The fact is that much of the calcium found in dairy products comes from plants originally anyway. Think about it, how many adults cows do you see drinking milk?
By adopting a plant-based diet, you’re simply cutting out the middleman. Or should that be middlecow?
Furthermore, our bodies are able to adjust quite quickly to periods where calcium may be at a premium. When our diets lack calcium the body will become more efficient in absorbing the mineral from our food and it also figures out that we may need to keep some in reserve, so our kidneys start to do a better job of conserving calcium for later use.
The same is true when we up our intake of calcium, the body simply adjusts to cope with what is happening at that specific time. Our kidneys will work harder to offload the excess while our intestines will begin blocking the absorption of the mineral instead of allowing it into our bodies.
Obviously, too long at either end of the spectrum is not advisable, but the truth remains that if you are eating a healthy vegan diet (i.e. one that is meeting your calorific needs) the chances of you becoming calcium deficient are effectively zero.
Check out our list of 35 calcium-rich plant foods
Calcium fact #4: Calcium doesn’t just help your bones and teeth
Bones, bones, bones. Oh, and teeth, mustn’t forget those gnashers!
It’s drummed into us from an early age: calcium is all about bone and dental health, right?
Wrong. Of course, calcium is essential to good bone and dental health (in fact, around 99 per cent of all calcium in our bodies is found in our bones and teeth), but it doesn’t stop there. Calcium helps us in other ways, too.
It helps our nerves send their messages and makes our muscles contract. It even helps our blood to clot when it needs to.
Plus, calcium helps with our intake of other nutrients as well, and it’s also necessary for the secretion of enzymes and hormones.
All in all, calcium is an essential mineral for a fit and healthy body.
RELATED: CHECK OUT OUR GUIDE TO VEGAN MOUTHWASHES
Calcium fact #5: We’re constantly losing this precious mineral
Yep, just when we tell you how vital calcium is we follow it up with this devastating news. Sorry about that.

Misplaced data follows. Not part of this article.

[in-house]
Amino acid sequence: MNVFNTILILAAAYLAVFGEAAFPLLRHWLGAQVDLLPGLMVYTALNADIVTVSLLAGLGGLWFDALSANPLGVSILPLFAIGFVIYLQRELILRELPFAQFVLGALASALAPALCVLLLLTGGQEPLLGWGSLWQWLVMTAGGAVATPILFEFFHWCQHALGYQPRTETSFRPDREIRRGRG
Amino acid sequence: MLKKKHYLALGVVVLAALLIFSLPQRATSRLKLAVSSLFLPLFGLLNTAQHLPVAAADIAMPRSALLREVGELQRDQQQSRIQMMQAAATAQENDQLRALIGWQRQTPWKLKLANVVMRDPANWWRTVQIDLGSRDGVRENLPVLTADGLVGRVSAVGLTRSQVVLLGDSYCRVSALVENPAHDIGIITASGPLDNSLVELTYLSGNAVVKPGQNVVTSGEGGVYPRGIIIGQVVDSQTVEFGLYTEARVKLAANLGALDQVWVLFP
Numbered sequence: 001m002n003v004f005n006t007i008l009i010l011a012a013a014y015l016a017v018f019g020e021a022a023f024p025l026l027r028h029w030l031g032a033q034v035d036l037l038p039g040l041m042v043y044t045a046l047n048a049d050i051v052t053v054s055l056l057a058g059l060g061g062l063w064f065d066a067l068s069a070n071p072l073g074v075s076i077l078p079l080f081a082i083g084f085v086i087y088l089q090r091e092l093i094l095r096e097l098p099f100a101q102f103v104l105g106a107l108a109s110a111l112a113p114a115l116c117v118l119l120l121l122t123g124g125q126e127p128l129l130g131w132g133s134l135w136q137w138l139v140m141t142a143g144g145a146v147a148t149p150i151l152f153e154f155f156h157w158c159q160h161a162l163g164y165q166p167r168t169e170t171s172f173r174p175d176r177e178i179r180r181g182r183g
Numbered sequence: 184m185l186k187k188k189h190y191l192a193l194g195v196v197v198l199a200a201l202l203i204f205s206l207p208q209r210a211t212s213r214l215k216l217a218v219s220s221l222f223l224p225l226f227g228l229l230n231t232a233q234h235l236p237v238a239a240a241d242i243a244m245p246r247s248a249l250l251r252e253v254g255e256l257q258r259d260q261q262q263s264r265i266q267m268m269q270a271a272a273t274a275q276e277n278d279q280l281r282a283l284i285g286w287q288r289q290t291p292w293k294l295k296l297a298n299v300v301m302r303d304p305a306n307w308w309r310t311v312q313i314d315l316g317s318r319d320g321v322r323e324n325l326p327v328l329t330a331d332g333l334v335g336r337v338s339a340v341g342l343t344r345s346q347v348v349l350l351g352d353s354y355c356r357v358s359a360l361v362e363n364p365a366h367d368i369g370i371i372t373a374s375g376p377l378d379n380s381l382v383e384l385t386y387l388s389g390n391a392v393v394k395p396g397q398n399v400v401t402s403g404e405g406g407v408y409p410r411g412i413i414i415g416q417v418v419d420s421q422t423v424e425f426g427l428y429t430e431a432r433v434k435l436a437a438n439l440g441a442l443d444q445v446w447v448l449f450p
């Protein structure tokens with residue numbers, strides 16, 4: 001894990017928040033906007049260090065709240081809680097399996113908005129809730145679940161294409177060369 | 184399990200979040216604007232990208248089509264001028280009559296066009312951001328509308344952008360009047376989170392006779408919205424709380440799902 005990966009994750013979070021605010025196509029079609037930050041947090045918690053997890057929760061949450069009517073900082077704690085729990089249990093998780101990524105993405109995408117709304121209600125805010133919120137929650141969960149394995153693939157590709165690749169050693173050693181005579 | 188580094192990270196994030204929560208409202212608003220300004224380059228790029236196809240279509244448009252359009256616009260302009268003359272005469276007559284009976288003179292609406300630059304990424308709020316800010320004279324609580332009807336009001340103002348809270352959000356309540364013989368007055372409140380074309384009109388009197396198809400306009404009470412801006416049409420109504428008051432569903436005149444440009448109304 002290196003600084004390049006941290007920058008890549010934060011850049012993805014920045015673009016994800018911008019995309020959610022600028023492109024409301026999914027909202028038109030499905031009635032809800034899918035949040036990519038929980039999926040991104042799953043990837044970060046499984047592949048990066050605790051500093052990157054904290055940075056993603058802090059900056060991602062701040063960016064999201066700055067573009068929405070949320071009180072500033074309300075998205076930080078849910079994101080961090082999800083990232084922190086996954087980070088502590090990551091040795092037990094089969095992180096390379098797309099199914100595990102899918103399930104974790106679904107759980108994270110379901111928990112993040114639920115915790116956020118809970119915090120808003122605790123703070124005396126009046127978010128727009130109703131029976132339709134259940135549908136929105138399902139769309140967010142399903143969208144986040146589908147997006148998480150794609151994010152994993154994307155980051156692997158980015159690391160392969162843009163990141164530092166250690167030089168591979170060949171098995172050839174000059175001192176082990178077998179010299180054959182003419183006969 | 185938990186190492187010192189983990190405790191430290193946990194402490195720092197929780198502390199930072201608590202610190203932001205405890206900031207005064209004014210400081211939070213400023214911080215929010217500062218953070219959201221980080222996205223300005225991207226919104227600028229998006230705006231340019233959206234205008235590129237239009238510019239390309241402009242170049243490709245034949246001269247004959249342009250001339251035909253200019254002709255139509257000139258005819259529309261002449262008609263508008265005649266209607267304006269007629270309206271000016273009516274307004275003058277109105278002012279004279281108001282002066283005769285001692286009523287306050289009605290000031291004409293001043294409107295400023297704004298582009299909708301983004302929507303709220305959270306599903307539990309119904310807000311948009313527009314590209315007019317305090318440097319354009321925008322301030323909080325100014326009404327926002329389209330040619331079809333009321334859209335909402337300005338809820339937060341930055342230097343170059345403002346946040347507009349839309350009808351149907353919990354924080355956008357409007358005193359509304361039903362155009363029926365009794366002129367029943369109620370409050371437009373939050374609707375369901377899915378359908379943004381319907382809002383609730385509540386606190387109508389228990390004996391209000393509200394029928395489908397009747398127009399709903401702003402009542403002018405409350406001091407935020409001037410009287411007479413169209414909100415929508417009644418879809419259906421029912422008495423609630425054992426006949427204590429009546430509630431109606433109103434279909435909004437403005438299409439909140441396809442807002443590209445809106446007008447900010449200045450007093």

We tend to lose more calcium as we age, and some studies suggest that we lose more while we are sleeping than during times when we are awake. The report also showed that women experience greater levels of calcium loss during this time than men, thought to be because of the difference between the genders parathyroid (PTH) production levels whilst sleeping.
While there’s not a lot we can do about the natural losses that our bodies go through every day, there are some things that you can be mindful of in order to minimise the amount of calcium loss your body suffers:
- Excess sodium – Too much sodium in our diet can lead to greater calcium loss than we’d like. For every teaspoon of table salt (6g) that we excrete, we’ll lose around 95 to 145mg of calcium along with it.
- Too much caffeine – Caffeine acts as a diuretic and as we pass urine calcium leaves our bodies as well. For every 100mg of caffeine you take in, roughly around 6mg of calcium will be lost.
- Smoking – Still smoking? Seriously, how many reasons do you need to quit? Well, here’s another; smoking causes calcium loss and affects your body’s ability to make bones efficiently.
- Not enough vitamin D – Without adequate vitamin D, our bodies find it difficult to absorb calcium effectively. Find out how to get enough vitamin D here.
Now there’s five calcium facts that you can hit back with whenever your anyone asks you the inevitable calcium question!
If you have any calcium facts you’d like to add to the list, share them with us in the comments sections below.
Calcium facts sources
ABOUT THE AUTHOR
David Bedford is a longtime vegan with a particular interest in nutrition and mental health. He is also a co-founder of happyhappyvegan.com.
When he isn’t sifting through PubMed or watching Dr. Greger do his thing, he’ll be banging away at a keyboard producing either copy or code. On the rare occasion when a screen isn’t in front of him, you’ll find David walking in the nearest available green space or exploring the Natural History Museum, of which he is a member.